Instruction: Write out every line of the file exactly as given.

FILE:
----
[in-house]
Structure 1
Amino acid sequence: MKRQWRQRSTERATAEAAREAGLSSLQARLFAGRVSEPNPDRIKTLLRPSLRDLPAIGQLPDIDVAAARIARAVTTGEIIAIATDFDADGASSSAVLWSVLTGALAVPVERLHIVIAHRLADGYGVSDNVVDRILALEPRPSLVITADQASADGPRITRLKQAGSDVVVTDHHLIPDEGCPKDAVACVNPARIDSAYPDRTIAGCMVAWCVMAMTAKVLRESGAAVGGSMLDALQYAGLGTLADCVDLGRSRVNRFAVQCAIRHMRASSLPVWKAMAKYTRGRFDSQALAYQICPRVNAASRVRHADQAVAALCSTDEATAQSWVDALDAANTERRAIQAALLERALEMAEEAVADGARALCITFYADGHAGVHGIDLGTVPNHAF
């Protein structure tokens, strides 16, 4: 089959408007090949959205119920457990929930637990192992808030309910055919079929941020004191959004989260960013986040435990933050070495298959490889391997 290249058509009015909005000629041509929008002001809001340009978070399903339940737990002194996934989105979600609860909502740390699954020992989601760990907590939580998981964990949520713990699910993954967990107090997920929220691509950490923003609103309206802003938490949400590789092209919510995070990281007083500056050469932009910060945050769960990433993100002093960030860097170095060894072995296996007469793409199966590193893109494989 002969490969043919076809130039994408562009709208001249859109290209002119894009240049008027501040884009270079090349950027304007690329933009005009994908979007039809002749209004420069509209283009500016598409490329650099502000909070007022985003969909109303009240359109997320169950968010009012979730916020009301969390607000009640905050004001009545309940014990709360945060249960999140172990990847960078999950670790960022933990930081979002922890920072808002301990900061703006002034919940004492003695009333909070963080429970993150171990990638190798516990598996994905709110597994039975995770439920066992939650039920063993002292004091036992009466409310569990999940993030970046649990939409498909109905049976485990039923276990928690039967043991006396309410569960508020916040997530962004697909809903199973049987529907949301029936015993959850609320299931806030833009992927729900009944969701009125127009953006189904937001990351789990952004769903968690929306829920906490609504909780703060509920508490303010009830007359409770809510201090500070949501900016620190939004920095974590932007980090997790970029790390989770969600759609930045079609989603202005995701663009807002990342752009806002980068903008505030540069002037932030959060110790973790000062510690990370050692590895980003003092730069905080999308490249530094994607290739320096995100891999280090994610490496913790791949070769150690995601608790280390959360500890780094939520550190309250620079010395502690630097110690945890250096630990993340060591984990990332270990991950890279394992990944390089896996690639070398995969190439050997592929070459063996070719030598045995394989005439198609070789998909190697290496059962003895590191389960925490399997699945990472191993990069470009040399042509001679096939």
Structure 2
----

[in-house]
Structure 1
Amino acid sequence: MKRQWRQRSTERATAEAAREAGLSSLQARLFAGRVSEPNPDRIKTLLRPSLRDLPAIGQLPDIDVAAARIARAVTTGEIIAIATDFDADGASSSAVLWSVLTGALAVPVERLHIVIAHRLADGYGVSDNVVDRILALEPRPSLVITADQASADGPRITRLKQAGSDVVVTDHHLIPDEGCPKDAVACVNPARIDSAYPDRTIAGCMVAWCVMAMTAKVLRESGAAVGGSMLDALQYAGLGTLADCVDLGRSRVNRFAVQCAIRHMRASSLPVWKAMAKYTRGRFDSQALAYQICPRVNAASRVRHADQAVAALCSTDEATAQSWVDALDAANTERRAIQAALLERALEMAEEAVADGARALCITFYADGHAGVHGIDLGTVPNHAF
């Protein structure tokens, strides 16, 4: 089959408007090949959205119920457990929930637990192992808030309910055919079929941020004191959004989260960013986040435990933050070495298959490889391997 290249058509009015909005000629041509929008002001809001340009978070399903339940737990002194996934989105979600609860909502740390699954020992989601760990907590939580998981964990949520713990699910993954967990107090997920929220691509950490923003609103309206802003938490949400590789092209919510995070990281007083500056050469932009910060945050769960990433993100002093960030860097170095060894072995296996007469793409199966590193893109494989 002969490969043919076809130039994408562009709208001249859109290209002119894009240049008027501040884009270079090349950027304007690329933009005009994908979007039809002749209004420069509209283009500016598409490329650099502000909070007022985003969909109303009240359109997320169950968010009012979730916020009301969390607000009640905050004001009545309940014990709360945060249960999140172990990847960078999950670790960022933990930081979002922890920072808002301990900061703006002034919940004492003695009333909070963080429970993150171990990638190798516990598996994905709110597994039975995770439920066992939650039920063993002292004091036992009466409310569990999940993030970046649990939409498909109905049976485990039923276990928690039967043991006396309410569960508020916040997530962004697909809903199973049987529907949301029936015993959850609320299931806030833009992927729900009944969701009125127009953006189904937001990351789990952004769903968690929306829920906490609504909780703060509920508490303010009830007359409770809510201090500070949501900016620190939004920095974590932007980090997790970029790390989770969600759609930045079609989603202005995701663009807002990342752009806002980068903008505030540069002037932030959060110790973790000062510690990370050692590895980003003092730069905080999308490249530094994607290739320096995100891999280090994610490496913790791949070769150690995601608790280390959360500890780094939520550190309250620079010395502690630097110690945890250096630990993340060591984990990332270990991950890279394992990944390089896996690639070398995969190439050997592929070459063996070719030598045995394989005439198609070789998909190697290496059962003895590191389960925490399997699945990472191993990069470009040399042509001679096939």
Structure 2